Thinking expansively at the White House Conference on Hunger, Nutrition, and Health

The final report, delivered to President Nixon by Dr. Jean Mayer on December 24, 1969, contained over 1,800 recommendations that spurred tremendous progress in federal food and nutrition policy.

By Todd Post

In September, the Biden administration will convene a White House Conference on Hunger, Nutrition, and Health. Bread for the World and other advocates on hunger and nutrition issues are thrilled. This is only the second time a U.S. administration has convened a conference on the nexus of hunger, nutrition, and health; the first was in 1969, during the Nixon administration.

The first White House conference was hailed as a success, spurring Congress to enact landmark legislation that expanded the Food Stamp and school meal programs; established the Special Supplemental Nutrition Program for Women, Infants, and Children, better known as WIC; and paved the way for development of the Dietary Guidelines for Americans.

In many ways, the United States is a much different country now than it was in 1969, while in other ways, it is not so different. Hunger and poor nutrition still pose major risks to the health of tens of millions of people. Even beyond the tragedy of so many illnesses and premature deaths of individuals, hunger contributes to skyrocketing health care expenditures. It also sustains longstanding health disparities between communities of Black, Indigenous, and other People of Color (BIPOC) and other Americans, making it far more difficult to achieve racial equity.  

Bread for the World has long supported federal nutrition programs, the first line of defense against hunger in the United States. The Supplemental Nutrition Assistance Program (SNAP) is particularly important, with more than 41 million people currently participating. Given the program’s reach and impact, the United States will almost certainly need to improve SNAP in order to end hunger in a lasting way.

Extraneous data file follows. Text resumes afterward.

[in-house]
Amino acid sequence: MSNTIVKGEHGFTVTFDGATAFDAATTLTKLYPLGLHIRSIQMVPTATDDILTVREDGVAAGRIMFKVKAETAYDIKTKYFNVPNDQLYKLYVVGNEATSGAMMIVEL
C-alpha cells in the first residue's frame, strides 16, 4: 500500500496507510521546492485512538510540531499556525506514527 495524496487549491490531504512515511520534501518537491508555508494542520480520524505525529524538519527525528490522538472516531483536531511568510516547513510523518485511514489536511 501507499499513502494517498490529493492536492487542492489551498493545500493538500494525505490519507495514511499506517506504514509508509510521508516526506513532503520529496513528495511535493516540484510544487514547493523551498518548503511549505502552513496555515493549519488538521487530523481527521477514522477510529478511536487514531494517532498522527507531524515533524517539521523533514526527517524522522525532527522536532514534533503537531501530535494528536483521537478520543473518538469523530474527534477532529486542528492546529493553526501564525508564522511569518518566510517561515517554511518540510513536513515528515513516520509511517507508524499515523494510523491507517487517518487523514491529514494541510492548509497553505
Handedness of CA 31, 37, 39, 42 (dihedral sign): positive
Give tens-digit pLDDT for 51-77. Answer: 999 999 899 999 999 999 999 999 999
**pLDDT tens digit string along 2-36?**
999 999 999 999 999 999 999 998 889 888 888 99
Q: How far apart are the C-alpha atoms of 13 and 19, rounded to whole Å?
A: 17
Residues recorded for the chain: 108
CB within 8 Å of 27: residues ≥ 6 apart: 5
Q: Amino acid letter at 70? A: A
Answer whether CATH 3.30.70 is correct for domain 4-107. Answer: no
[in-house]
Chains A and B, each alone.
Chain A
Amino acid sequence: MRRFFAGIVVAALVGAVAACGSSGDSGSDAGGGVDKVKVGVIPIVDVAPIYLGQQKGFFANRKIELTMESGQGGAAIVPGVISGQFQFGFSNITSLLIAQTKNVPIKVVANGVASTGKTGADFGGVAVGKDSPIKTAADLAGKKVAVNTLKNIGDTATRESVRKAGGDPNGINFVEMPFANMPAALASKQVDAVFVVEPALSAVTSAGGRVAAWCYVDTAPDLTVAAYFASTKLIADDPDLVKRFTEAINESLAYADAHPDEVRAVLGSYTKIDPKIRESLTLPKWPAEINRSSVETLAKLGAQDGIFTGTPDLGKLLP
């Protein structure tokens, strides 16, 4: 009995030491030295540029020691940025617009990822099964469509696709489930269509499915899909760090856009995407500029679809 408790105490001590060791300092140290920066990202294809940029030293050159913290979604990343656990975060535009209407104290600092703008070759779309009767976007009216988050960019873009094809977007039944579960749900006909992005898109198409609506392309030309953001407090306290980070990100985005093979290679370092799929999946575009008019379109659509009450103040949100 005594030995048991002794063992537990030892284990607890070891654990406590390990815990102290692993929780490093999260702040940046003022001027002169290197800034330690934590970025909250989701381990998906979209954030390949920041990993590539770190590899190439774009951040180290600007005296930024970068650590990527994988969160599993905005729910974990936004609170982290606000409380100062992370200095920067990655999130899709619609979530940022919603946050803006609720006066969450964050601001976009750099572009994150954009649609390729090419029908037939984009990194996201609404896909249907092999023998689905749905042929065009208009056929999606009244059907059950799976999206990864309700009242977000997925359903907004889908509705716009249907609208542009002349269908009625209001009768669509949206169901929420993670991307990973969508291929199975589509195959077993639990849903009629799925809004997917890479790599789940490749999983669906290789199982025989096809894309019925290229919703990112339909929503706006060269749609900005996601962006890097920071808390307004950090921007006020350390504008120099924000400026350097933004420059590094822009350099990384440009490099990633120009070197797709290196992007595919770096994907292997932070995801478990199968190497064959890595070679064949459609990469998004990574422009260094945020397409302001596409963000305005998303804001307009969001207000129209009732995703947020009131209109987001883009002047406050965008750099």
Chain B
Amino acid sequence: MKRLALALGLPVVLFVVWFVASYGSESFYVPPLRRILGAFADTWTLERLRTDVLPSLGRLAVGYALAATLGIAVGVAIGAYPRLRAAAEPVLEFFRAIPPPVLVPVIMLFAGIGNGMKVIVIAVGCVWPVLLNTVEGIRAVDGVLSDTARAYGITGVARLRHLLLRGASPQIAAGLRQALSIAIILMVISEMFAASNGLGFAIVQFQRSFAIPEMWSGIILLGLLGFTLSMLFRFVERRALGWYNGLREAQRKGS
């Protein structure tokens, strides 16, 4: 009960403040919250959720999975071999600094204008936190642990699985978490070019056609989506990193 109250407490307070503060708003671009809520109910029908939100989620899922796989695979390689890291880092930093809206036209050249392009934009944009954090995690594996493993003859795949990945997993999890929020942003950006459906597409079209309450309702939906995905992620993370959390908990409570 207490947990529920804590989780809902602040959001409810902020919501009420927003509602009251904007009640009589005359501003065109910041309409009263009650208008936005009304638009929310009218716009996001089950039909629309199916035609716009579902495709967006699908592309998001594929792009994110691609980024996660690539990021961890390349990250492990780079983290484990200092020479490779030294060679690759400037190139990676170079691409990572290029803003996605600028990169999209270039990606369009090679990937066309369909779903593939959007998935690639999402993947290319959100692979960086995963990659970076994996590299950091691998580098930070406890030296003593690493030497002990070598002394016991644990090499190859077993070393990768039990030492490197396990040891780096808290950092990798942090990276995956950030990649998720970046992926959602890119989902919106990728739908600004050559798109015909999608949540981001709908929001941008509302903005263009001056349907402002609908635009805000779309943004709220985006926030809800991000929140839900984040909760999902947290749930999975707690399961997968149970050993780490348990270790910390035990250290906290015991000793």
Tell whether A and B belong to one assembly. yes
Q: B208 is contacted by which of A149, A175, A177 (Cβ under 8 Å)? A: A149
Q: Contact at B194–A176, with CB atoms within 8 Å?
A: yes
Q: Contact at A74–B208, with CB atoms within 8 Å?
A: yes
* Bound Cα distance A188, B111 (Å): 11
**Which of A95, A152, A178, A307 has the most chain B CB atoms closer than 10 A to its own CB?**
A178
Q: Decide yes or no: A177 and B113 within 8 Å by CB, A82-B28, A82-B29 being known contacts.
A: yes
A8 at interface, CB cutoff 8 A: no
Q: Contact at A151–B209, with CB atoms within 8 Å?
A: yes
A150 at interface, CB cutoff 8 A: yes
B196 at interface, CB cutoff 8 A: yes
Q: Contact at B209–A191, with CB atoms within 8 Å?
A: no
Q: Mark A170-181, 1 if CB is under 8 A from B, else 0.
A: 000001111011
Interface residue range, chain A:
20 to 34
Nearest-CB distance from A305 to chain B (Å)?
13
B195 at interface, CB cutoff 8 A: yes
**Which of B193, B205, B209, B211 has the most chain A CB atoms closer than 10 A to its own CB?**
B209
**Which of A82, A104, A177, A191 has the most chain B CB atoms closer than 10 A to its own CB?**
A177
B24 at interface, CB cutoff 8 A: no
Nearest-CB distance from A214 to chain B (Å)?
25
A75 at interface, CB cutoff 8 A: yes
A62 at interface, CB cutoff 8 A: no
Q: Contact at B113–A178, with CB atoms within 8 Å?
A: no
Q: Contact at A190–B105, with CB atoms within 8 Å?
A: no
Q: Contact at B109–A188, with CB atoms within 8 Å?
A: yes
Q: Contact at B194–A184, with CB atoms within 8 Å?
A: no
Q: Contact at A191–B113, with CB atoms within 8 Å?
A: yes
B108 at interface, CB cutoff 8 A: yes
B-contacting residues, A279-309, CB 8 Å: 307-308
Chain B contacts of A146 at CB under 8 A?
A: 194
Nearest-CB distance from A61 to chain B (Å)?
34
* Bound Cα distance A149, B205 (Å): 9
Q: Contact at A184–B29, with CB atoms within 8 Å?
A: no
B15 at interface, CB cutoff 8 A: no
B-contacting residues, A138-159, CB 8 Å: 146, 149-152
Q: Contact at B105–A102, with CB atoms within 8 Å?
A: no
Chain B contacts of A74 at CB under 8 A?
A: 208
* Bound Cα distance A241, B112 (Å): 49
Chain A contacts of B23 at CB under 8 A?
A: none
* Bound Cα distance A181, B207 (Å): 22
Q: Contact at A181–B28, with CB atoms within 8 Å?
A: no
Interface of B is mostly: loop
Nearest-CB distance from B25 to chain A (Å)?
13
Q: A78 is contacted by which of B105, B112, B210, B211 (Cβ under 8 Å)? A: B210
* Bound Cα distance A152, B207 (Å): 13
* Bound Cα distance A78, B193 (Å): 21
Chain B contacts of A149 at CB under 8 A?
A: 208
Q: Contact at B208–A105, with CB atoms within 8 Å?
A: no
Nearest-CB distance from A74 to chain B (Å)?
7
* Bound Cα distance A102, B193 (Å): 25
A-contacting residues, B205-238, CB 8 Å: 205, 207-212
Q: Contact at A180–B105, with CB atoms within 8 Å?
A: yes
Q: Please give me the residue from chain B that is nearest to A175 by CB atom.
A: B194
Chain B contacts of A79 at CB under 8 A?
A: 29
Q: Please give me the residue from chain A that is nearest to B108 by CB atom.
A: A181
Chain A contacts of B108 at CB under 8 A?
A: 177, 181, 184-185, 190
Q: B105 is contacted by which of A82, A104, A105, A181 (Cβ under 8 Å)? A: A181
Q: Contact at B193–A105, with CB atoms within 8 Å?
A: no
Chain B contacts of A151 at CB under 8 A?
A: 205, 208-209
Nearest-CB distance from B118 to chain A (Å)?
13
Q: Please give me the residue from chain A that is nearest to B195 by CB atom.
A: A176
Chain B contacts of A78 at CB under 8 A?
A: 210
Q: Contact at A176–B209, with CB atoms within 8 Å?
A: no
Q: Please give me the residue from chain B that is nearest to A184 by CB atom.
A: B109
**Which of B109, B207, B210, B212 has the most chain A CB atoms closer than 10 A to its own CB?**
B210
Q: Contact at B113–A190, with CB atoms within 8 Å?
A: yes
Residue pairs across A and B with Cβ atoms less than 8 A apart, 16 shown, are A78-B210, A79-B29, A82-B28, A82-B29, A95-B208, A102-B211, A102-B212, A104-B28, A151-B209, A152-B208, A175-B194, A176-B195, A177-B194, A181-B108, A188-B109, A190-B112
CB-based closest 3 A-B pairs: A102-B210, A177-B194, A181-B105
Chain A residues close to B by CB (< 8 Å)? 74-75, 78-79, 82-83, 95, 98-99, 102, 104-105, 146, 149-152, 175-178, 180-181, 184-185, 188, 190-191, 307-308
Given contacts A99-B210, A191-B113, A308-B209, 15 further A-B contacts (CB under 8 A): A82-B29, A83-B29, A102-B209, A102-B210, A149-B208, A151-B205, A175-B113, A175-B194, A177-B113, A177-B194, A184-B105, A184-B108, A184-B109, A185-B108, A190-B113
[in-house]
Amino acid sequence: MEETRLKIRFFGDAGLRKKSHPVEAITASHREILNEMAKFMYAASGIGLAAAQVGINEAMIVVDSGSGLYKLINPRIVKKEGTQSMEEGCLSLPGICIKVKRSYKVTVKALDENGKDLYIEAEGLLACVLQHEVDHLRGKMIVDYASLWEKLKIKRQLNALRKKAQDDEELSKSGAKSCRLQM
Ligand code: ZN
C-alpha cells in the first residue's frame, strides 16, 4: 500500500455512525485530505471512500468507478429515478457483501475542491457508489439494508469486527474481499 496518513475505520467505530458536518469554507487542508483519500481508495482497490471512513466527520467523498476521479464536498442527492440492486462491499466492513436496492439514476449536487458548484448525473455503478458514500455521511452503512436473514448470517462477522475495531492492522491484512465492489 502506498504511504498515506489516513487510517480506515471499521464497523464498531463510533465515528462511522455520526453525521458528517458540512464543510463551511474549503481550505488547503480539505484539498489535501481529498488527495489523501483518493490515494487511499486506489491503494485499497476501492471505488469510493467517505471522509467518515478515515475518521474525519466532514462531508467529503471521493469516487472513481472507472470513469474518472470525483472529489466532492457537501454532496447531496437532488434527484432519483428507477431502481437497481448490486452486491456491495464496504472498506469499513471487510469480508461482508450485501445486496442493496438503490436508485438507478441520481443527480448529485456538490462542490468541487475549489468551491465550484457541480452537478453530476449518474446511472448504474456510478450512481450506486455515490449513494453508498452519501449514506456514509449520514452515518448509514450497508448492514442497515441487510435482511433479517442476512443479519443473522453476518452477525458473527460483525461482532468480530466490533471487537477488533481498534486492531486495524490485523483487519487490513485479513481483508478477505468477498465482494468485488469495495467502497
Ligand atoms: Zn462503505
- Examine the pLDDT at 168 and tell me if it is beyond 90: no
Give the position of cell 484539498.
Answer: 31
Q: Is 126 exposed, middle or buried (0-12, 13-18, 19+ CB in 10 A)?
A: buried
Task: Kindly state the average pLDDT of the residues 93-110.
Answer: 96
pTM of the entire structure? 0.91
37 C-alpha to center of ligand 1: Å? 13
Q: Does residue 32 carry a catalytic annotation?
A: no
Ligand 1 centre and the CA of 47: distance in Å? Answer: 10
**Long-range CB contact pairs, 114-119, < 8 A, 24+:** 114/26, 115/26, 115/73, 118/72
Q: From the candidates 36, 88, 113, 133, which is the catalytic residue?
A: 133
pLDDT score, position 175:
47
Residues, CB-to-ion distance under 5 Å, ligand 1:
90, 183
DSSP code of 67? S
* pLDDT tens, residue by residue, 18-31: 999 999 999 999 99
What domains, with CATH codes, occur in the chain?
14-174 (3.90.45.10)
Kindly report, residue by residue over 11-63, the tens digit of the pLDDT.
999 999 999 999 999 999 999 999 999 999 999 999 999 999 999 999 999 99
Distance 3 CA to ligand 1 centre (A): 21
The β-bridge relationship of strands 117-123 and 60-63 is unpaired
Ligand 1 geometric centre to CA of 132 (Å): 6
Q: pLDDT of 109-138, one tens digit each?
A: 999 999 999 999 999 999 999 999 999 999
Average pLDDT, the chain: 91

One significant problem is that even with tens of millions of low-income people receiving monthly SNAP benefits to help them put food on the table, millions of other people at risk of hunger are ineligible. They include individuals with felony drug convictions, college students, and lawfully present immigrants who have been residents for less than five years. Those who are ineligible can turn to charities for help, but charitable providers are the first to agree that they cannot substitute for SNAP benefits.  

Improvements in federal nutrition programs and eligibility criteria are important, but by themselves, they cannot end hunger in the United States. The White House should promote a broader, more holistic view of what is needed to reach the goal.

Food deserts are omnipresent in urban communities of color, a result of decades of disinvestment. Having nowhere to shop for food except corner stores means that it is nearly impossible to eat a healthy diet. This is a separate problem from the needed improvements in SNAP and one that the White House Conference should help address.

A broader measure that increased the family grocery budget was the improvements in the Child Tax Credit included in the American Rescue Plan. Many low-income families were eligible for the credit for the first time, and they spent the additional income on household necessities, mostly food. Hunger among families with children fell immediately—by 24 percent.

Other improvements suggested by a more holistic perspective on hunger make up a “1,000 Days infrastructure,” whose provisions Bread for the World worked toward having included in the proposed Build Back Better legislation. This period between pregnancy and a child’s second birthday is a crucial nutrition window, when good nutrition delivers the greatest potential for successful lifelong outcomes.

WIC is a remarkable success story of investments in the 1,000 days, but the country also needs to strengthen other components of such an infrastructure, from health care to childcare to paid leave. Just one example from the large body of evidence for these needs: the staggering levels of maternal and infant mortality in the United States compared to other high-income nations.

In November 2018, then Vice President Joe Biden spoke at Bread for the World’s 15th Annual Gala to End Hunger, held in New York City. He said: “There is nothing beyond our capacity in this country. We just have to summon the political will to act.”

Bread could not agree more. The idea that ending hunger hinges on building the political will to do so is a core tenet that has inspired our advocacy for nearly 50 years. The White House conference this September can be instrumental in mobilizing the political will necessary to end hunger in the United States for good.

Todd Post is senior domestic policy advisor with Bread for the World.

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